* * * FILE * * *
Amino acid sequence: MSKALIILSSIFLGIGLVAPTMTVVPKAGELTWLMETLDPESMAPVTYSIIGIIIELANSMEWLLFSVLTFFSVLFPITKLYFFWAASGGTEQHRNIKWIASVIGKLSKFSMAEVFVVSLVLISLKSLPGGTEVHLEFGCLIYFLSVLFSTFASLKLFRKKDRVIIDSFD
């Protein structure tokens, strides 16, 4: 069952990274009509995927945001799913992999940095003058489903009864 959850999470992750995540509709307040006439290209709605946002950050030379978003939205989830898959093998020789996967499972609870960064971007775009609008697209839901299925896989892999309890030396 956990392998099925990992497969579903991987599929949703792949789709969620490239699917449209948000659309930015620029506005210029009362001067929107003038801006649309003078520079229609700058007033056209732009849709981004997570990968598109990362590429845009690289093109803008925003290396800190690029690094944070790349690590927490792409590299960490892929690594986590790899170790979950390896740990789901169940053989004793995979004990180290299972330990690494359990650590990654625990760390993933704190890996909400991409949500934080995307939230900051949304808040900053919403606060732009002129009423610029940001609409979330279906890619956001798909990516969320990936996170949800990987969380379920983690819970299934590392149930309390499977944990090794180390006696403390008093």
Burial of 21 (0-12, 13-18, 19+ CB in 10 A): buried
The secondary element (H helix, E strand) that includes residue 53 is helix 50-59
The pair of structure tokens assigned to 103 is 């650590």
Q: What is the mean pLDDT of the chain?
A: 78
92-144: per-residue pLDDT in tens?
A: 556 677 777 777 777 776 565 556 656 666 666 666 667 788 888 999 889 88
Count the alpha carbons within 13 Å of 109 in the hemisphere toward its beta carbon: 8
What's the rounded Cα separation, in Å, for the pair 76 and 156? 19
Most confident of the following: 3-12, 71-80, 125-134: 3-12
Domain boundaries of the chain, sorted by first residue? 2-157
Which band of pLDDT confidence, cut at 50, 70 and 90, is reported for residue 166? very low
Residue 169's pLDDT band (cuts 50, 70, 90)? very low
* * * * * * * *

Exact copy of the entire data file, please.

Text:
Amino acid sequence: MSKALIILSSIFLGIGLVAPTMTVVPKAGELTWLMETLDPESMAPVTYSIIGIIIELANSMEWLLFSVLTFFSVLFPITKLYFFWAASGGTEQHRNIKWIASVIGKLSKFSMAEVFVVSLVLISLKSLPGGTEVHLEFGCLIYFLSVLFSTFASLKLFRKKDRVIIDSFD
């Protein structure tokens, strides 16, 4: 069952990274009509995927945001799913992999940095003058489903009864 959850999470992750995540509709307040006439290209709605946002950050030379978003939205989830898959093998020789996967499972609870960064971007775009609008697209839901299925896989892999309890030396 956990392998099925990992497969579903991987599929949703792949789709969620490239699917449209948000659309930015620029506005210029009362001067929107003038801006649309003078520079229609700058007033056209732009849709981004997570990968598109990362590429845009690289093109803008925003290396800190690029690094944070790349690590927490792409590299960490892929690594986590790899170790979950390896740990789901169940053989004793995979004990180290299972330990690494359990650590990654625990760390993933704190890996909400991409949500934080995307939230900051949304808040900053919403606060732009002129009423610029940001609409979330279906890619956001798909990516969320990936996170949800990987969380379920983690819970299934590392149930309390499977944990090794180390006696403390008093």
Burial of 21 (0-12, 13-18, 19+ CB in 10 A): buried
The secondary element (H helix, E strand) that includes residue 53 is helix 50-59
The pair of structure tokens assigned to 103 is 């650590």
Q: What is the mean pLDDT of the chain?
A: 78
92-144: per-residue pLDDT in tens?
A: 556 677 777 777 777 776 565 556 656 666 666 666 667 788 888 999 889 88
Count the alpha carbons within 13 Å of 109 in the hemisphere toward its beta carbon: 8
What's the rounded Cα separation, in Å, for the pair 76 and 156? 19
Most confident of the following: 3-12, 71-80, 125-134: 3-12
Domain boundaries of the chain, sorted by first residue? 2-157
Which band of pLDDT confidence, cut at 50, 70 and 90, is reported for residue 166? very low
Residue 169's pLDDT band (cuts 50, 70, 90)? very low